Sexology, psychoanalysis, literature

This volume tells the story of the case study genre at a time when it became the genre par excellence for discussing human sexuality across the humanities and the life sciences. A History of the Case Study takes the reader on a transcontinental journey from the imperial world of fin-de-siècle Central Europe and the Austro-Hungarian Empire to the interwar metropolises of Weimar Germany, and to the United States of America in the post-war years.

Foregrounding the figures of case study pioneers, and always alert to the radical implications of their engagement with the genre, the six chapters scrutinise the case writing practices of Sigmund Freud and his predecessor sexologist Richard von Krafft-Ebing; writers such as Leopold von Sacher-Masoch, Oskar Panizza and Alfred Döblin; Weimar intellectuals such as Erich Wulffen, and New York psychoanalyst Viola Bernard. There result important new insights into the continuing legacy of such writers, and into the agency increasingly claimed by the readerships that emerged with the development of modernity—from readers who self-identified as masochists, to conmen and female criminals.

Where previous accounts of the case study have tended to consider the history of the genre from a single disciplinary perspective, this book is structured by the interdisciplinary approach most applicable to the ambivalent context of modernity. It focuses on key moments in the genre’s past, occasions when and where the conventions of the case study were contested as part of a more profound enquiry into the nature of the human subject.

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Editor: Paul Grainge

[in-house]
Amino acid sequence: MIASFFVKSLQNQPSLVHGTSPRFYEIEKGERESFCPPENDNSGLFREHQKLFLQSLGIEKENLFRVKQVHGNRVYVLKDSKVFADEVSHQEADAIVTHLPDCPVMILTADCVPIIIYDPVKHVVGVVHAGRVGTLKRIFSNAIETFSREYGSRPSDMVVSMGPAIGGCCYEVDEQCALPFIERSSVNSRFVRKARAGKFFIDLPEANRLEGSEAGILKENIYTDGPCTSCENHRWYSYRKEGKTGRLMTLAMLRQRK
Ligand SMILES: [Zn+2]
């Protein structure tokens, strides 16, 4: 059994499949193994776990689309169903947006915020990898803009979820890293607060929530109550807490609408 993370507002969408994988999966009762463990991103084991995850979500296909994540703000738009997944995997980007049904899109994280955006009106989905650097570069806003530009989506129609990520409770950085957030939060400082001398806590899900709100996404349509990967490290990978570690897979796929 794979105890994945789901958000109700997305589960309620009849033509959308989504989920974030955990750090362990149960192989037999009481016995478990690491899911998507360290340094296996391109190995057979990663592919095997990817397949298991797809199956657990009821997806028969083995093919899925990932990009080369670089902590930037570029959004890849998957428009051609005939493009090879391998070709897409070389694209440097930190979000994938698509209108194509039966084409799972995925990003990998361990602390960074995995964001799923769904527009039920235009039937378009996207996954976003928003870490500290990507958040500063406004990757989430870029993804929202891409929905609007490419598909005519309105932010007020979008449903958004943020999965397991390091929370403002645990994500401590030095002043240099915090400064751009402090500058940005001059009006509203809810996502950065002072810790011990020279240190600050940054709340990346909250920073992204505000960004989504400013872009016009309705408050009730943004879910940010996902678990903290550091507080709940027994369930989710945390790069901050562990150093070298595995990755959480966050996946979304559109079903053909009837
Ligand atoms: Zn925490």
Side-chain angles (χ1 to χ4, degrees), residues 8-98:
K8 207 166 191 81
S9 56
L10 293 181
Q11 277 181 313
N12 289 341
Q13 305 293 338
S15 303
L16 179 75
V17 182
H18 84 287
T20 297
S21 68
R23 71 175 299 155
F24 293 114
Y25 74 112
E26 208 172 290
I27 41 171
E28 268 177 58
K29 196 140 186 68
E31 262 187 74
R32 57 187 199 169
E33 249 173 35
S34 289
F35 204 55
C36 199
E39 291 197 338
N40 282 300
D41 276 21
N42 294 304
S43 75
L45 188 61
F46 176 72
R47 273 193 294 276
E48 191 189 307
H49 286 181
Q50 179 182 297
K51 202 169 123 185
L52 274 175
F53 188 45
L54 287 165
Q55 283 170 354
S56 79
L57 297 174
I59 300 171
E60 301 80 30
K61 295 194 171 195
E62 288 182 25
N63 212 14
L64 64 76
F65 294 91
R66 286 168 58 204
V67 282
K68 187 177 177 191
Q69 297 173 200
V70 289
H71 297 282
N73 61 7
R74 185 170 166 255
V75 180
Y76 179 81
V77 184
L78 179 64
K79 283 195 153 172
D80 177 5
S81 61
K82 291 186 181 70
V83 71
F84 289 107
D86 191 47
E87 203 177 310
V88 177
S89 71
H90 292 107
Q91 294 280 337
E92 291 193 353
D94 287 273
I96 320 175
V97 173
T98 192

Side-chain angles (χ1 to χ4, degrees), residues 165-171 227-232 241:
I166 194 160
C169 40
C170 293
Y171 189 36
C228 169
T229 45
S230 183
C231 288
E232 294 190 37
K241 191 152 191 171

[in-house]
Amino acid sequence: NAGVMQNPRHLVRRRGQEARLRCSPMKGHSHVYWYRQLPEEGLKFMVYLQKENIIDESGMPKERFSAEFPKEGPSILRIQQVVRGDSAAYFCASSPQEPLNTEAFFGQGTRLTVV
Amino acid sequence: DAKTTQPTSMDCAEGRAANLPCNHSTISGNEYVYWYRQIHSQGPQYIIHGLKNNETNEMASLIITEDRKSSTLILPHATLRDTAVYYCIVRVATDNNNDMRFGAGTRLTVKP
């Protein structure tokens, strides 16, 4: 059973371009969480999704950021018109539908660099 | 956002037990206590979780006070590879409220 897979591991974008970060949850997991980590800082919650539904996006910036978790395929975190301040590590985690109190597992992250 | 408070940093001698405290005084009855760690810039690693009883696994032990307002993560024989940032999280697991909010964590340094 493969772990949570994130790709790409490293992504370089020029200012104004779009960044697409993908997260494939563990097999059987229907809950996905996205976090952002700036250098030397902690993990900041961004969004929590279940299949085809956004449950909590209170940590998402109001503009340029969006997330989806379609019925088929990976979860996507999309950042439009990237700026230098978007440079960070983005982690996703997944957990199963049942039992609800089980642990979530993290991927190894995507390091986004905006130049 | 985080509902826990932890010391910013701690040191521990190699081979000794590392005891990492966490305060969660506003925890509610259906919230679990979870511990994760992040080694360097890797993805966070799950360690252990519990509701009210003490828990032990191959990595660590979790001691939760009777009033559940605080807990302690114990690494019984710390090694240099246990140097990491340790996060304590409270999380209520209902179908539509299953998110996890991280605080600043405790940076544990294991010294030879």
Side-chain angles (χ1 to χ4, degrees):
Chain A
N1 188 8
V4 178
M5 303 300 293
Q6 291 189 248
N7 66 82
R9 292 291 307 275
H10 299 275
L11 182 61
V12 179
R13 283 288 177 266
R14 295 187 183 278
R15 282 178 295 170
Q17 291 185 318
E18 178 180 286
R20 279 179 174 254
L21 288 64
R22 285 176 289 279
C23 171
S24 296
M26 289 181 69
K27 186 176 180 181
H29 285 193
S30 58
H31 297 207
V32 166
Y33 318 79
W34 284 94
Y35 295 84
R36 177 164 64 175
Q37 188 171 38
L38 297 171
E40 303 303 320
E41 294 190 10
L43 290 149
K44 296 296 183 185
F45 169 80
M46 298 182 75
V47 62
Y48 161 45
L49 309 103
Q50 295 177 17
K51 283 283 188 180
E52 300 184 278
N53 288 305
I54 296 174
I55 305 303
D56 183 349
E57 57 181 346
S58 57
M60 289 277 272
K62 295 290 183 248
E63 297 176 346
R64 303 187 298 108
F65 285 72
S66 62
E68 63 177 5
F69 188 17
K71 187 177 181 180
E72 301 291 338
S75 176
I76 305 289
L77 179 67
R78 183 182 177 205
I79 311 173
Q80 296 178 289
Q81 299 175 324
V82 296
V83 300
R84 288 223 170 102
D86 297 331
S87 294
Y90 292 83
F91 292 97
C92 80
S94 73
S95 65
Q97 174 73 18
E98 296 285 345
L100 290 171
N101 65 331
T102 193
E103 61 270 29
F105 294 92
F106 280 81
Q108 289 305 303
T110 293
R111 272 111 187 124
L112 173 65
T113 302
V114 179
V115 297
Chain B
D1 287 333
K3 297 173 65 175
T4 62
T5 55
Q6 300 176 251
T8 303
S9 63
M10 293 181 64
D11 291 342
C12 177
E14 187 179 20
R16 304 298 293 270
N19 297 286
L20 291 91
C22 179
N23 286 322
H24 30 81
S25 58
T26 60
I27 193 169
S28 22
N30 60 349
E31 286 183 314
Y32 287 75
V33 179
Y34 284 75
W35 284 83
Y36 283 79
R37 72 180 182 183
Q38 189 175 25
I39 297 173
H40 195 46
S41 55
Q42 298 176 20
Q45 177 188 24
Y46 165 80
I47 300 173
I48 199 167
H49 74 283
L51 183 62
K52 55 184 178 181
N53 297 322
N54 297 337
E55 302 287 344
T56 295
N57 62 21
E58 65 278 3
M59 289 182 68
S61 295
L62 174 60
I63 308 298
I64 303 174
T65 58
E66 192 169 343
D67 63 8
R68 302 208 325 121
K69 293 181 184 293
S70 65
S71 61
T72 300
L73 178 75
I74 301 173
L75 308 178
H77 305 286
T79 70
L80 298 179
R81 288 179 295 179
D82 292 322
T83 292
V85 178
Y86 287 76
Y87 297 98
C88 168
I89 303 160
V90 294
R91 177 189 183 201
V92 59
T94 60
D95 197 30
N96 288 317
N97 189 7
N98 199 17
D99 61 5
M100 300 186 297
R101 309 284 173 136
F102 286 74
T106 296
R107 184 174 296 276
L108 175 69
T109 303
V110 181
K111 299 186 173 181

As a technology able to picture and embody the temporality of the past, cinema has become central to the mediation of memory in modern cultural life. The memory of film scenes and movies screens, cinema and cinema-going, has become integral to the placement and location of film within the cultural imagination of this century and the last. This book is a sustained, interdisciplinary perspective on memory and film from early cinema to the present. The first section examines the relationship between official and popular history and the constitution of memory narratives in and around the production and consumption of American cinema. The second section examines the politics of memory in a series of chapters that take as their focus three pivotal sites of national conflict in postwar America. This includes the war in Vietnam, American race relations and the Civil Rights Movement, and the history of marginality in the geographic and cultural borderlands of the US. The book explores the articulation of Vietnam. The final section concentrates on the issue of mediation; it explores how technological and semiotic shifts in the cultural terrain have influenced the coding and experience of memory in contemporary cinema. It considers both the presence of music and colour in nostalgia films of the 1990s and the impact of digital and video technologies on the representational determinants of mediated memory. The book also examines the stakes of cultural remembering in the United States and the means by which memory has been figured through Hollywood cinema.

This text aims to fill a gap in the field of Middle Eastern political studies by combining international relations theory with concrete case studies. It begins with an overview of the rules and features of the Middle East regional system—the arena in which the local states, including Egypt, Turkey, Iran, Israel and the Arab states of Syria, Jordan and Iraq, operate. The book goes on to analyse foreign-policy-making in key states, illustrating how systemic determinants constrain this policy-making, and how these constraints are dealt with in distinctive ways depending on the particular domestic features of the individual states. Finally, it goes on to look at the outcomes of state policies by examining several major conflicts including the Arab-Israeli conflict and the Gulf War, and the system of regional alignment. The study assesses the impact of international penetration in the region, including the historic reasons behind the formation of the regional state system. It also analyses the continued role of external great powers, such as the United States and the former Soviet Union, and explains the process by which the region has become incorporated into the global capitalist market.